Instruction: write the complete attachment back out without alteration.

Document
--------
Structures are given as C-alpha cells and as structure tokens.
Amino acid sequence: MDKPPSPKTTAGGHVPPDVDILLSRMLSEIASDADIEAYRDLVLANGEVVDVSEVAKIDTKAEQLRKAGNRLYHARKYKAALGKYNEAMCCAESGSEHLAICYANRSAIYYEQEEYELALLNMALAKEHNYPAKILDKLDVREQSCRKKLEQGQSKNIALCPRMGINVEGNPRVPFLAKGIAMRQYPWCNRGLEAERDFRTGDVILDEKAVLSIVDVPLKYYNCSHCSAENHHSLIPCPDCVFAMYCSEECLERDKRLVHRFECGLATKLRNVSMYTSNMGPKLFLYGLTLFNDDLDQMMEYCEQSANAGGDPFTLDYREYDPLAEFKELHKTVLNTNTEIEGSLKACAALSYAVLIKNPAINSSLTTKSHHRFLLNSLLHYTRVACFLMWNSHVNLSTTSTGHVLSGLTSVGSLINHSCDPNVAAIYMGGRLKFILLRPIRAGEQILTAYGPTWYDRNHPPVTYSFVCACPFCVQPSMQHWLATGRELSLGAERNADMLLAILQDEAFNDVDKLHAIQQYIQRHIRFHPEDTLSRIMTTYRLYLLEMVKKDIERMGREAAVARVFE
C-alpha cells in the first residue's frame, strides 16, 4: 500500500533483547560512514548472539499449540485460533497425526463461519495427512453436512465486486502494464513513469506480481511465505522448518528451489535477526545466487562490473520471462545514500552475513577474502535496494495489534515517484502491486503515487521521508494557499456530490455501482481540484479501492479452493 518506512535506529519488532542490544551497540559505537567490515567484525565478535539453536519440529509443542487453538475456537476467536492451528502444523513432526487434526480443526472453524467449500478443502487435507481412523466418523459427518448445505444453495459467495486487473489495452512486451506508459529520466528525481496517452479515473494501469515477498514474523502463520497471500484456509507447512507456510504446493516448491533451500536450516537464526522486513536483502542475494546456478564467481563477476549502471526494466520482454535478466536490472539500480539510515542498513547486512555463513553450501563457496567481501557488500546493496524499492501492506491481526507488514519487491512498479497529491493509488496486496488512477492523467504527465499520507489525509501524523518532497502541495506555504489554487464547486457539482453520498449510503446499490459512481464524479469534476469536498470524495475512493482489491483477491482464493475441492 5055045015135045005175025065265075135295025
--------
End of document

Structures are given as C-alpha cells and as structure tokens.
Amino acid sequence: MDKPPSPKTTAGGHVPPDVDILLSRMLSEIASDADIEAYRDLVLANGEVVDVSEVAKIDTKAEQLRKAGNRLYHARKYKAALGKYNEAMCCAESGSEHLAICYANRSAIYYEQEEYELALLNMALAKEHNYPAKILDKLDVREQSCRKKLEQGQSKNIALCPRMGINVEGNPRVPFLAKGIAMRQYPWCNRGLEAERDFRTGDVILDEKAVLSIVDVPLKYYNCSHCSAENHHSLIPCPDCVFAMYCSEECLERDKRLVHRFECGLATKLRNVSMYTSNMGPKLFLYGLTLFNDDLDQMMEYCEQSANAGGDPFTLDYREYDPLAEFKELHKTVLNTNTEIEGSLKACAALSYAVLIKNPAINSSLTTKSHHRFLLNSLLHYTRVACFLMWNSHVNLSTTSTGHVLSGLTSVGSLINHSCDPNVAAIYMGGRLKFILLRPIRAGEQILTAYGPTWYDRNHPPVTYSFVCACPFCVQPSMQHWLATGRELSLGAERNADMLLAILQDEAFNDVDKLHAIQQYIQRHIRFHPEDTLSRIMTTYRLYLLEMVKKDIERMGREAAVARVFE
C-alpha cells in the first residue's frame, strides 16, 4: 500500500533483547560512514548472539499449540485460533497425526463461519495427512453436512465486486502494464513513469506480481511465505522448518528451489535477526545466487562490473520471462545514500552475513577474502535496494495489534515517484502491486503515487521521508494557499456530490455501482481540484479501492479452493 518506512535506529519488532542490544551497540559505537567490515567484525565478535539453536519440529509443542487453538475456537476467536492451528502444523513432526487434526480443526472453524467449500478443502487435507481412523466418523459427518448445505444453495459467495486487473489495452512486451506508459529520466528525481496517452479515473494501469515477498514474523502463520497471500484456509507447512507456510504446493516448491533451500536450516537464526522486513536483502542475494546456478564467481563477476549502471526494466520482454535478466536490472539500480539510515542498513547486512555463513553450501563457496567481501557488500546493496524499492501492506491481526507488514519487491512498479497529491493509488496486496488512477492523467504527465499520507489525509501524523518532497502541495506555504489554487464547486457539482453520498449510503446499490459512481464524479469534476469536498470524495475512493482489491483477491482464493475441492 5055045015135045005175025065265075135295025